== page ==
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Fancy Fourth

Kick off your 4th of July weekend with a discount from Fancy Hands!

Get 15% off of your first month of service, or an additional 15% off of our already discounted annual subscriptions. Just use the code 'fancyfourth' when signing up, and you'll see the discount applied before you submit your payment. Click here to take advantage of this discount, now through the end of the weekend.* 

From all of us here at Fancy Hands, have a happy and safe 4th of July! 

*Discount good through 11:59 PDT on 7/6/14. Only applicable to new subscriptions. 

Payments Are Back

After a not-so-brief hiatus, we’re pleased to announce that Fancy Hands can now make payments on your behalf again!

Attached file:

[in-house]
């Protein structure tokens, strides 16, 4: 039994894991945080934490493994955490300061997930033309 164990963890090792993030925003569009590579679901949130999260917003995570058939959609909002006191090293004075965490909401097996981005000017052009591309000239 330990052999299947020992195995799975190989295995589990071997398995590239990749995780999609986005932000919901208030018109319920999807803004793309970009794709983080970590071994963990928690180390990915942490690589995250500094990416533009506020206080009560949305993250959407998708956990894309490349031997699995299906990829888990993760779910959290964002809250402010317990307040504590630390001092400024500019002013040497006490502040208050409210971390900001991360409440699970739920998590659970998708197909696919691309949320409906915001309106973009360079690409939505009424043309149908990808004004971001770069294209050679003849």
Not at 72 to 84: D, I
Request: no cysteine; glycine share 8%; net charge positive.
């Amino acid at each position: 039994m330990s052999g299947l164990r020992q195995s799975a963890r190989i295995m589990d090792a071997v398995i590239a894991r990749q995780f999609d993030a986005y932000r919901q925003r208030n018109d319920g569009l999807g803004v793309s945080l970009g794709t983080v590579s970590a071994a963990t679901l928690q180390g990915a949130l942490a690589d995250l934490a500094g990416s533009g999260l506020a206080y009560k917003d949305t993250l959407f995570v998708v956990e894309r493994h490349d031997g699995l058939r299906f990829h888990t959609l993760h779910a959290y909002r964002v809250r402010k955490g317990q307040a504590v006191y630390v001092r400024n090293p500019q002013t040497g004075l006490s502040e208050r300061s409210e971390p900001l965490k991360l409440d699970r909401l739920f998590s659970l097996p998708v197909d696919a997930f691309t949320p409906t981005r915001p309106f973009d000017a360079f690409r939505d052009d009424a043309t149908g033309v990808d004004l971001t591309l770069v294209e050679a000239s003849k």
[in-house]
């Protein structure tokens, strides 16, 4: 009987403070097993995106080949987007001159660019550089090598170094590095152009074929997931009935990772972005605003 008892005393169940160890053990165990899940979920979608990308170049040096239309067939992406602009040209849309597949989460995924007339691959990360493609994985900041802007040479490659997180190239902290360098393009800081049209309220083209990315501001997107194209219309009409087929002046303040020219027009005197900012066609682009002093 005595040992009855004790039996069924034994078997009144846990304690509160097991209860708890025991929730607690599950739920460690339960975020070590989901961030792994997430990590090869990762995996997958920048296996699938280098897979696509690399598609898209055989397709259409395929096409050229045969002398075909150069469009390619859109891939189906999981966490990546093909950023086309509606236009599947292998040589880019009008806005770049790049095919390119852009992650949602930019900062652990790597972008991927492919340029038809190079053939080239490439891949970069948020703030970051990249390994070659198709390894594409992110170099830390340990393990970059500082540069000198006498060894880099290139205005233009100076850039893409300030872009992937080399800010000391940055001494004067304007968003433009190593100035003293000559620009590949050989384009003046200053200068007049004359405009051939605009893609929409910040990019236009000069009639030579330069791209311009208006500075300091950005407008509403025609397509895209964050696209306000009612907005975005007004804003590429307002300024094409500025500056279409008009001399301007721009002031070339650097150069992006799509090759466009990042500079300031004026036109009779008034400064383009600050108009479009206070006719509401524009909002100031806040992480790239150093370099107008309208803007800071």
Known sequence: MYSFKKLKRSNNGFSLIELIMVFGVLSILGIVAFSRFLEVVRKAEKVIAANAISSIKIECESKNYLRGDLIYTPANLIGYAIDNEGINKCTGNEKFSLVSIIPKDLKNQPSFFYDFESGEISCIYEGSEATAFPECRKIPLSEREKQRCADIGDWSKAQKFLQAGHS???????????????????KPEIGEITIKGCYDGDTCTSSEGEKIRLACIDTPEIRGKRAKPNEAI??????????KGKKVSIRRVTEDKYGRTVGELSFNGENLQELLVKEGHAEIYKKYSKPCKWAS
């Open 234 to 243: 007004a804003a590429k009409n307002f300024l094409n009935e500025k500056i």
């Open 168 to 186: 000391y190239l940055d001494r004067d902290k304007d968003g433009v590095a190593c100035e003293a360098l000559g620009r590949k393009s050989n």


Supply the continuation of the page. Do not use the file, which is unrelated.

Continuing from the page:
We’ve rolled out a smoother payment process that will give you the ability to pay for the items you need through Fancy Hands, and increased the limit per purchase to $200.

How It Works:

Whether it’s flowers or a new gadget, let us know what you’re looking for and we’ll find you the best price on what you want to purchase.

Once we’ve found the item, we’ll ask you to approve the payment. 

You can approve the payment from your email:


Or from your Dashboard:

After you’ve clicked the ‘Approve Payment’ button, your assistant will be able to pay for the item on your behalf. 

What’s New:

We’ve revamped the payment process, which means there have been a few changes. We’ve doubled the payment limit, so we can now make payments on items up to $200. There will also now be a $0.99 transaction charge on every payment to cover Fancy Hands transaction costs. This will be rolled into the final total you see when approving the payment.